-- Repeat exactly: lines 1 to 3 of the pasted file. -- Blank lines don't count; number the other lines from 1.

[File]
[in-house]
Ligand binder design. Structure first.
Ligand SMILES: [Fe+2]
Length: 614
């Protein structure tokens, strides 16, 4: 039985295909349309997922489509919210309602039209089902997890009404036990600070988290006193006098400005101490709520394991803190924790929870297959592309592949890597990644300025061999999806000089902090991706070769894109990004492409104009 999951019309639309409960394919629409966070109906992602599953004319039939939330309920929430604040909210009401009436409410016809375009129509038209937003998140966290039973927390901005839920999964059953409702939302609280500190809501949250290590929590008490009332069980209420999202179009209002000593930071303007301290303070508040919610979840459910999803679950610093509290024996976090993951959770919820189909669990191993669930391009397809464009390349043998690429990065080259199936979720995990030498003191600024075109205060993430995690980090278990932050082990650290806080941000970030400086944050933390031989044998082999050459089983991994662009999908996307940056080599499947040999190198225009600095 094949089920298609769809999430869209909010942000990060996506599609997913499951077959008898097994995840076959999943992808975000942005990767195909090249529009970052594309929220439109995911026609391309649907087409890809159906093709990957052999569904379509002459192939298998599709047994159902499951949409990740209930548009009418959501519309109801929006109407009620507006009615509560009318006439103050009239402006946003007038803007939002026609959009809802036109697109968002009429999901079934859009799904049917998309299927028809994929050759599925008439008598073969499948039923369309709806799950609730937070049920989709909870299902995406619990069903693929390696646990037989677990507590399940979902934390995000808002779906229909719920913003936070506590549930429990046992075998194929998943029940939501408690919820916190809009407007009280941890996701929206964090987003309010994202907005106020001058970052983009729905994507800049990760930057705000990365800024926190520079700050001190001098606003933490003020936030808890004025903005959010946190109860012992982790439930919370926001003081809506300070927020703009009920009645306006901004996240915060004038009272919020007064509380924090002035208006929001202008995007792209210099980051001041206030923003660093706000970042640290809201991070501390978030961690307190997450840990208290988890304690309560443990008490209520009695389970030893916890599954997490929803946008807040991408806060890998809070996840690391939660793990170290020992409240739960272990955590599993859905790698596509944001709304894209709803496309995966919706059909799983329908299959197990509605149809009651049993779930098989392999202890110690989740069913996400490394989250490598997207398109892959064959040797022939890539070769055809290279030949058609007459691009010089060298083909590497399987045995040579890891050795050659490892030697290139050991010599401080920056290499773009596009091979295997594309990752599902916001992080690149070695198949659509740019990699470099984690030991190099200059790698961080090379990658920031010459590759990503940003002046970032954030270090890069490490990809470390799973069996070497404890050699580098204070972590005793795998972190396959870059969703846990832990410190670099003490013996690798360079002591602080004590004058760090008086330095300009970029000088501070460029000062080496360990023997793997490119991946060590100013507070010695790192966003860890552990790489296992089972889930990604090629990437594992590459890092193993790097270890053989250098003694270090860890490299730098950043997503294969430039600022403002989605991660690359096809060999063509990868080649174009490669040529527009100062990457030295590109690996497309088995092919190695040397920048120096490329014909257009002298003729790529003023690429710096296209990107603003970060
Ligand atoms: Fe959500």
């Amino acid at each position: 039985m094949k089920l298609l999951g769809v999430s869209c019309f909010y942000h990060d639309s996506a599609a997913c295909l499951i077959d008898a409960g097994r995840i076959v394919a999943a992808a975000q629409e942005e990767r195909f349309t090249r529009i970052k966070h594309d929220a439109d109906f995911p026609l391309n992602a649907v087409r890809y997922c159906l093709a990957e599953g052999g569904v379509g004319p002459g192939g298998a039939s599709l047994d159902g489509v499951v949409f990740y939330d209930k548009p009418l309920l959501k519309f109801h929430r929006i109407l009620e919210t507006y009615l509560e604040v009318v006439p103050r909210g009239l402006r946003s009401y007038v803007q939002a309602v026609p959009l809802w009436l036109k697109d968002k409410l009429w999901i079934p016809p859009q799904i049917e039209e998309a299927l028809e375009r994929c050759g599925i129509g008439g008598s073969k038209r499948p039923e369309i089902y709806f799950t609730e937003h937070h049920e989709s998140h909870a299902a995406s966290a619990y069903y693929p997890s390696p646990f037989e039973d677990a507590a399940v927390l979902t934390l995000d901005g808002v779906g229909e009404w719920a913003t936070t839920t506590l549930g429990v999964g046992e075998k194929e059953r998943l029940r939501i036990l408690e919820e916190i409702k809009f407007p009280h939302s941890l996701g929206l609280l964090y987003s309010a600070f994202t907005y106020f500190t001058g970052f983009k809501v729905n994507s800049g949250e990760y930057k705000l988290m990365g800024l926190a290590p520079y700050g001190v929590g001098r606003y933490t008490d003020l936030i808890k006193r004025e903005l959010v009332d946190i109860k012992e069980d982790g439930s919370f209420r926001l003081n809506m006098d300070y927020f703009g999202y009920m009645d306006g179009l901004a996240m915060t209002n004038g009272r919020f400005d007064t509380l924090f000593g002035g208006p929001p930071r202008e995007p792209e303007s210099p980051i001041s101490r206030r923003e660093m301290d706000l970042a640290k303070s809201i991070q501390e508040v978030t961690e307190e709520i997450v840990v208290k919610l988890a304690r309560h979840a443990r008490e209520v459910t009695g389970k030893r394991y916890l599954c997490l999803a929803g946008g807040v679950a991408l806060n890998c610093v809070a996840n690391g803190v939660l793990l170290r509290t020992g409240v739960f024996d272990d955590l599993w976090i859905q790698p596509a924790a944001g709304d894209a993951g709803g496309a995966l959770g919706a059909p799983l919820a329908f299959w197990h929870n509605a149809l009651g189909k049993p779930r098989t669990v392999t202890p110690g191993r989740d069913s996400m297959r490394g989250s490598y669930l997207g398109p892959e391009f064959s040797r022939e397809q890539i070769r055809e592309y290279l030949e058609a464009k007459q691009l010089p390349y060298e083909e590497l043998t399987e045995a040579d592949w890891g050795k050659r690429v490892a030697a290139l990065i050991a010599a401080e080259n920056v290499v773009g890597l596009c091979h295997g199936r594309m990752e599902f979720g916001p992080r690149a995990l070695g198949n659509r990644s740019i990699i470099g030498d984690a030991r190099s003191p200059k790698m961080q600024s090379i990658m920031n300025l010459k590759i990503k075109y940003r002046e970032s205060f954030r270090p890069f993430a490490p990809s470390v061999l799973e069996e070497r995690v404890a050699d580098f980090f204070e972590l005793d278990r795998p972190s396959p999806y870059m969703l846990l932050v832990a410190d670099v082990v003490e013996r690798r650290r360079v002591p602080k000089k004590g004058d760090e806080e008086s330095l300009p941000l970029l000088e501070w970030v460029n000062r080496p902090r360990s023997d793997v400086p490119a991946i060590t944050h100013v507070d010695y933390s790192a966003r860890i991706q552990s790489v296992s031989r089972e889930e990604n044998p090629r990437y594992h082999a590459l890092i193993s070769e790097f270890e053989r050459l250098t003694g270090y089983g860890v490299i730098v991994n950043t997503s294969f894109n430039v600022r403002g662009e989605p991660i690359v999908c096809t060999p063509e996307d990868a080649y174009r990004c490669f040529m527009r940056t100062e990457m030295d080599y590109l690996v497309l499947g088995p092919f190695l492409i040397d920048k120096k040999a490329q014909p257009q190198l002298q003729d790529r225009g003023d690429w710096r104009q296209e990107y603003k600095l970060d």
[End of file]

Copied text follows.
[in-house]
Ligand binder design. Structure first.
Ligand SMILES: [Fe+2]